Thames Path Stage 12: Bourne End to Henley-on-Thames

Published 14 January 2015

Hambledon Lock

With Bourne End I’d reached the point where the Thames Path was beginning to make like difficult. Well, not the Thames Path itself. It’s not like it suddenly started heading up mountains, or required traipsing over boggy moorlands or anything. It was more that the places that the Thames was now visiting, simply didn’t have the best train services.

Bourne End was a prime example. Its railway station is tucked up a small branch line running from Maidenhead, with services that run roughly once an hour for most of the day. Miss your connection and you’d be in for a long wait in a draughty waiting room.

Getting there also required a lengthy journey to get there; over two hours travelling from my house. And heading back from Henley, where I would be walking to next, would then need a further two hours. It was more than possible that I’d spend almost as much time travelling as I would actually doing the walk. And if I didn’t set off at a reasonable time in the morning, the sun may well set before I’d finished.

So when I returned to Bourne End the following week I was determined that I would a) leave the house early, and b) I wouldn’t miss my train.

I’d almost been set up to fail from the outset. When I’d putting my journey plans into the National Rail website, it had dutifully returned me some plausible looking results. Great, I thought, jotting down the train times.. Only later did I realise that it had given me a mere three minutes to change trains at Maidenhead. Three minutes to get off the train, run down the subway, up some steps and onto platform five for my connection. Even normally that would be a tall order, but it would simply take my London train to be delayed by, oh I don’t know, let’s say three minutes, and I would be right royally screwed and would be spending ages sitting on a cold bench, wondering why waiting rooms can never be made nice and cosy. I adjusted my plans accordingly, and shoved an extra ten minutes onto my journey time.

All of which was why I found myself forced out of my bed at the unearthly hour of 6am, on a tube train by seven and crawling out of Paddington on a so-called “semi-fast” train by ten past eight, having managed to arrive at Paddington early enough to not only pick up my tickets but avail myself of a scorchingly hot, but far too weak cup of tea for the journey.

Apart from the train speed, the plan was going swimmingly. So swimmingly that I managed to arrive at Maidenhead twenty five minutes early, and spent ages sitting on a cold bench, in a draughty waiting room at Maidenhead. Oh and in my rush to leave the house, I’d managed to leave my Thames Path guide book on the dining table back at home.


Boats moored up at Bourne End

Bourne End wasn’t a particularly big place, and I soon left it behind; strolling along through muddy fields, bordered by the Thames on one side, and the railway line to Marlow on the other. Signs at the entrance to the field warned that cattle may be grazing on it, however the cows were somewhere else – perhaps somewhere far warmer – and the field was mostly occupied by dogs and their owners instead. If someone ever decided that the Thames Path needed its own “official animal”, then the canine would surely be a strong contender. Yes, perhaps the otter, goose, swan or duck would be a more natural voice, however I defy you to walk the Thames Path and see any creature in greater numbers than that of the domestic hound. It was clear that they’d taken to the river like a, well, a dog to water.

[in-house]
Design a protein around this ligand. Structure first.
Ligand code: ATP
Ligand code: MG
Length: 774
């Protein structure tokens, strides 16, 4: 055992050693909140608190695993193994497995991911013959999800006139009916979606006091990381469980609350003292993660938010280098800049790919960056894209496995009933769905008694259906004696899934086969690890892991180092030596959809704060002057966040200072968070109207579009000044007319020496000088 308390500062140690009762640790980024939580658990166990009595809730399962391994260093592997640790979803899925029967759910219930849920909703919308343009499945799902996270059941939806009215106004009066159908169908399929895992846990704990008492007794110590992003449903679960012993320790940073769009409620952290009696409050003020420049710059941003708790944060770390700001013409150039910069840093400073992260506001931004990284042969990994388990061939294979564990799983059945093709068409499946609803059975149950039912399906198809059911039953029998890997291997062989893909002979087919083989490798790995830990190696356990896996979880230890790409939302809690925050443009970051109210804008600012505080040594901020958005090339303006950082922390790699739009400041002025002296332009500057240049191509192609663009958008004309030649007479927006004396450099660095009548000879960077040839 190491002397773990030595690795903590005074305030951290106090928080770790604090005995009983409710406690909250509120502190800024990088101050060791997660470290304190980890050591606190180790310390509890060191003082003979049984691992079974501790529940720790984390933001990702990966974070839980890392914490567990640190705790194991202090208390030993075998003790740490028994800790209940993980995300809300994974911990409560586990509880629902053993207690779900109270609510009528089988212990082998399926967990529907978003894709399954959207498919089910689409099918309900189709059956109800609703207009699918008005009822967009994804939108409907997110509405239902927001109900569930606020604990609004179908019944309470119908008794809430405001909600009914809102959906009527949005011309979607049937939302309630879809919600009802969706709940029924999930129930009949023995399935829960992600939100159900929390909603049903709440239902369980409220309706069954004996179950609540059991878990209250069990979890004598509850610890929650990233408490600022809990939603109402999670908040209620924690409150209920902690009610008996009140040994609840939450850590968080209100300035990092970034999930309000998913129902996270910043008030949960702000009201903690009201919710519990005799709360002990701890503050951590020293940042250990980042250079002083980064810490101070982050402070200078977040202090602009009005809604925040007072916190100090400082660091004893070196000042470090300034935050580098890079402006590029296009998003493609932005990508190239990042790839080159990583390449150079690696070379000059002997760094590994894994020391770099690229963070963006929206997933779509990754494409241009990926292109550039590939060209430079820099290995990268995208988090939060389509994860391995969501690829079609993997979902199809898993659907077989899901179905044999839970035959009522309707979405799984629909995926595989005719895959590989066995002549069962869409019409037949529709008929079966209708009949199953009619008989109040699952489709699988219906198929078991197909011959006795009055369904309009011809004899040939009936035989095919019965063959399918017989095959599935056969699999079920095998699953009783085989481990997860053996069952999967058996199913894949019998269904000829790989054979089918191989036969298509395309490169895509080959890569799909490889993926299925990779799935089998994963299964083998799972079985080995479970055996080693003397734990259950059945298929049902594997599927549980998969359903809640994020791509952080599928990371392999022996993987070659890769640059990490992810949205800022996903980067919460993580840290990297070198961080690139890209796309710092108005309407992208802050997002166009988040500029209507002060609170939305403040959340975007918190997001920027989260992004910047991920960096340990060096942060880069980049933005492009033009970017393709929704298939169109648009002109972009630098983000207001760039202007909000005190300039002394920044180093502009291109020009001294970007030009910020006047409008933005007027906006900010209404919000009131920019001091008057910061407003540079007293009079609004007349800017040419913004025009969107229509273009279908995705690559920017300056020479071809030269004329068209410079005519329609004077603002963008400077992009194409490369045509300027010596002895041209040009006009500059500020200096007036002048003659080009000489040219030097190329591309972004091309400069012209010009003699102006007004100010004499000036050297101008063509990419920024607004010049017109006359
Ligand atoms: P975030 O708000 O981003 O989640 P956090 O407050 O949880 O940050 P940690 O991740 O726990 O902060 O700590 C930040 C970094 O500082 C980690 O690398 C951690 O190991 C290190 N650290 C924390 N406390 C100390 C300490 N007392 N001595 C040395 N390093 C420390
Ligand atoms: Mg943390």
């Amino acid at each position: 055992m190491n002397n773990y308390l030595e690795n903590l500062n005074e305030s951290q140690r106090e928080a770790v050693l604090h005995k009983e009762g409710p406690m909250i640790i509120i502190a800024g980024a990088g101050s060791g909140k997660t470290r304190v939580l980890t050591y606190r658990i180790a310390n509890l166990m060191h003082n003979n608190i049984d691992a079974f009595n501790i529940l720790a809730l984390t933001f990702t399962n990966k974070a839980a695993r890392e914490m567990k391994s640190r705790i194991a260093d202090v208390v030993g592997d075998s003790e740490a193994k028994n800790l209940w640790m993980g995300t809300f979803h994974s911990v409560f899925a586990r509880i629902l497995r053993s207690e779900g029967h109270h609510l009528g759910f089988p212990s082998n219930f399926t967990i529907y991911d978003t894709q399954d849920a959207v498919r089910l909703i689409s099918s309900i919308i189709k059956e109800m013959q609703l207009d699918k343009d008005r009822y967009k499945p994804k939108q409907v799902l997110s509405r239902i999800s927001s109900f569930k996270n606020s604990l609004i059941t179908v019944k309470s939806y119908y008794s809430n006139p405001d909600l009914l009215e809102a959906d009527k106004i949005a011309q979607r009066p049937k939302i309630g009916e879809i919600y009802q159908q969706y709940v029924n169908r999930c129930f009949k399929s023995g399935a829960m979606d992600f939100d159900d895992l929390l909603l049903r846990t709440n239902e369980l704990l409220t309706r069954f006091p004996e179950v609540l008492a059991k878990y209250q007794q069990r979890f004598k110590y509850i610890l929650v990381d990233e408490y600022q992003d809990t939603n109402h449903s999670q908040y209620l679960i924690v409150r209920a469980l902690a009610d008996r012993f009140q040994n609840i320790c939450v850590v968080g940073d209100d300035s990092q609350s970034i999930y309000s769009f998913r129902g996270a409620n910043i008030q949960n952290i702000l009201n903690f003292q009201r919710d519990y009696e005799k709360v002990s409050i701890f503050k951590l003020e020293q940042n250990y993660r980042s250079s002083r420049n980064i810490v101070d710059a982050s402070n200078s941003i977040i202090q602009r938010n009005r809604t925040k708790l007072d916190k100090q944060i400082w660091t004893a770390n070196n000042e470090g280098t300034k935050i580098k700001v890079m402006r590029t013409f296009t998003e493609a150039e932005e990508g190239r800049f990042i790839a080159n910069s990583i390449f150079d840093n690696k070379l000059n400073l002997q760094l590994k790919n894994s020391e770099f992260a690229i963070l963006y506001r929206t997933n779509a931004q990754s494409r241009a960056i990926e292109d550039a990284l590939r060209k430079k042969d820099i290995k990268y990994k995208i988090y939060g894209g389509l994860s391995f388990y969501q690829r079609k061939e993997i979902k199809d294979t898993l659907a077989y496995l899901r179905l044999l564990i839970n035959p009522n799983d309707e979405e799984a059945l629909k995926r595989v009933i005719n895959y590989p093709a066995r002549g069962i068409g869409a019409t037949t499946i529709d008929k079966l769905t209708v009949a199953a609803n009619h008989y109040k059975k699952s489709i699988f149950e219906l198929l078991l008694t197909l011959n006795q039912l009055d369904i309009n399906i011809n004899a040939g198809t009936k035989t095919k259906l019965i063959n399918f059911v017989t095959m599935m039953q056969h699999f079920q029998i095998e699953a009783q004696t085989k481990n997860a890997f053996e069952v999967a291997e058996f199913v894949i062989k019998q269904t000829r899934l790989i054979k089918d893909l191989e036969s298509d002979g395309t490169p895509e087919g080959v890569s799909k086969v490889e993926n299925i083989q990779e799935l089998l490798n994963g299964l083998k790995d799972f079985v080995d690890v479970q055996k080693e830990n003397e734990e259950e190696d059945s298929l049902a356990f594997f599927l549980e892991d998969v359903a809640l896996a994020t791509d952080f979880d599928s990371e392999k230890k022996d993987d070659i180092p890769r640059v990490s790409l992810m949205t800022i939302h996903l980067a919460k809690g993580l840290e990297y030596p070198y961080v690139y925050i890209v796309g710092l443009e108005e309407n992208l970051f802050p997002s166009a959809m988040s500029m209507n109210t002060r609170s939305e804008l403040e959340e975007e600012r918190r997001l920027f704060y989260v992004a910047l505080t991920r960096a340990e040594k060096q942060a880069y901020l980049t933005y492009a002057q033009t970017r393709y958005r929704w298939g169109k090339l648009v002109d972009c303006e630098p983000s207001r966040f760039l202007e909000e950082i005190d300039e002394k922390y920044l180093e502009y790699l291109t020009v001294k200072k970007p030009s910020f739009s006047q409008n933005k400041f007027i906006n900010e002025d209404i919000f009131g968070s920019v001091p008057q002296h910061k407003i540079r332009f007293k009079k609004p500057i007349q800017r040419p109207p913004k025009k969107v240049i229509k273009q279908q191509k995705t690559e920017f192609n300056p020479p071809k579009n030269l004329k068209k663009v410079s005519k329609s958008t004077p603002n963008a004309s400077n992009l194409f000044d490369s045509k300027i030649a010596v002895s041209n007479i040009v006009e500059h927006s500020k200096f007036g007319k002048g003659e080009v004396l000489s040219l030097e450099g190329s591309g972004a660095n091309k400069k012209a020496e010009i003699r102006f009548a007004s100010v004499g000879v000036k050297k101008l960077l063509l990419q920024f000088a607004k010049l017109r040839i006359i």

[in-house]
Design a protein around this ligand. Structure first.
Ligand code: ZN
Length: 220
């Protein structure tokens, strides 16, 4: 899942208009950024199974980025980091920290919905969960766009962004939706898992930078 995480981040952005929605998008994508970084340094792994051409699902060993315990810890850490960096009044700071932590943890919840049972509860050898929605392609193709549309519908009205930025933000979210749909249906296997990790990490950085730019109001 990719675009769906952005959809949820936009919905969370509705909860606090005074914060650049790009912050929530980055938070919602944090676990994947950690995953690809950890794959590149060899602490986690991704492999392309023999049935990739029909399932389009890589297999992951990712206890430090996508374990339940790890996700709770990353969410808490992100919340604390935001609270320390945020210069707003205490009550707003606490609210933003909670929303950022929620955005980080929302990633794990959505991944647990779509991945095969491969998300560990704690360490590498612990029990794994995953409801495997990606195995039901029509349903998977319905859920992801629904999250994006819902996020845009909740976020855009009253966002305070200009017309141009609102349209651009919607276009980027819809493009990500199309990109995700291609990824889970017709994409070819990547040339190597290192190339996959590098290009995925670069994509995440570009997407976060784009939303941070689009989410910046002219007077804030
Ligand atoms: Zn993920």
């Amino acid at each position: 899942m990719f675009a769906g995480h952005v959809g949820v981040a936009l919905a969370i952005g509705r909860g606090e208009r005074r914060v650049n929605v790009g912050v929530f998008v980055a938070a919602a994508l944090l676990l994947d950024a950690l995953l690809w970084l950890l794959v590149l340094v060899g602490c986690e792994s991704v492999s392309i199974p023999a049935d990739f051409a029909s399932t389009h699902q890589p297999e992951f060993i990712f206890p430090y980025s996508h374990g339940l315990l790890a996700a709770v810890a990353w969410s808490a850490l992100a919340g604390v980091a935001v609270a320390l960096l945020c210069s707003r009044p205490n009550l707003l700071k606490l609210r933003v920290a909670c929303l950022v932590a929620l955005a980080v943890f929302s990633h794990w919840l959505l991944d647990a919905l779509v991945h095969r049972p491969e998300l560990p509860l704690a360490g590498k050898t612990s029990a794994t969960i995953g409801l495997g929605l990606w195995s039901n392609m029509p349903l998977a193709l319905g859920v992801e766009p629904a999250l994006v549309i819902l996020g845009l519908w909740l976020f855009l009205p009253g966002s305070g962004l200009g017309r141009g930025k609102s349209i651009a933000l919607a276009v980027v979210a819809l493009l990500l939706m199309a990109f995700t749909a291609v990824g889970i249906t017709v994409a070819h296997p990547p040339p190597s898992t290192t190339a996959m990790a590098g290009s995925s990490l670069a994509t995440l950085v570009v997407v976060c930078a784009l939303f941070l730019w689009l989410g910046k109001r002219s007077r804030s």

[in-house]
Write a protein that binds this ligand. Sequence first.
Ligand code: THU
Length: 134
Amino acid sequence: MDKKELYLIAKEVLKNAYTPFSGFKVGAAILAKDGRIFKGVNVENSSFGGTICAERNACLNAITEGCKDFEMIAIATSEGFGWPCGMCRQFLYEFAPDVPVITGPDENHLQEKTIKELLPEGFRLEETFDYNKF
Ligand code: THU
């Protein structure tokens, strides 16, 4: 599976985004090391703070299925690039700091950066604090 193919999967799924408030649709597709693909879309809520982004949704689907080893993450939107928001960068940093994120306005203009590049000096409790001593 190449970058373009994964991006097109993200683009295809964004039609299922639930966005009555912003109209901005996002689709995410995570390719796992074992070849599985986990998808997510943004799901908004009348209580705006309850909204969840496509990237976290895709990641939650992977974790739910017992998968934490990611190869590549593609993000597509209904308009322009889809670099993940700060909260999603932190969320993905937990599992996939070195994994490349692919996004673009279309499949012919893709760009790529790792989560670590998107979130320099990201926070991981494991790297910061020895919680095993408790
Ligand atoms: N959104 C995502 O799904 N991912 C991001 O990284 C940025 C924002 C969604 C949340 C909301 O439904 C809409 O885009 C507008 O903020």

Without my guide book, I had little idea of where I was going and what to expect. All I knew was that Henley was somewhere down the path. Not that I felt particularly worried by this. The Thames Path is pretty well signposted, and it’s hard to get lost. So much so that I’d barely ever used my guide book for navigation. However, it would have been nice to know what I was seeing, and how far everything was. A prime example was that I was heading to Marlow. In my head, it was a four mile walk there from Bourne End, Yet I arrived at its outskirts in barely an hour. Given the path had been mostly consisted of mud – the sticky, gloopy kind that you slide around on, and which forms a deep attraction to your hiking boot resulting in your boot heel growing by at least an inch for every half mile you walk – it seemed most unlikely I’d been walking fast enough to cover off four miles in that time.

The tow path disappeared again at Marlow, and the Thames Path was sent down a series of streets and even an alleyway lined with huge brick walls, before popping out in Marlow’s main street. The village seemed a pleasant enough place, with a grand sign on a small green proclaimed that it had been awarded the coveted title of “Buckinghamshire Best Kept Village” several times between 1987 and 2009. Neat and tidy it may have been, but the main road through the village was heaving, full of traffic heading across the river.

Marlow Bridge

The bridge however was Marlow’s crowning feature. Opened in 1832, it’s the only suspension bridge to cross the non-tidal part of the River Thames, and the design was used as a basis for the Széchenyi Chain Bridge in Budapest. It’s a wonderful looking structure, best appreciated from the river rather than from a car seat. Smart, elegant, and an asset to the area. One that had almost been razed to the ground – or water – back in the fifties, in favour of a four lane concrete super-highway. Marlow had had a fortunate escape.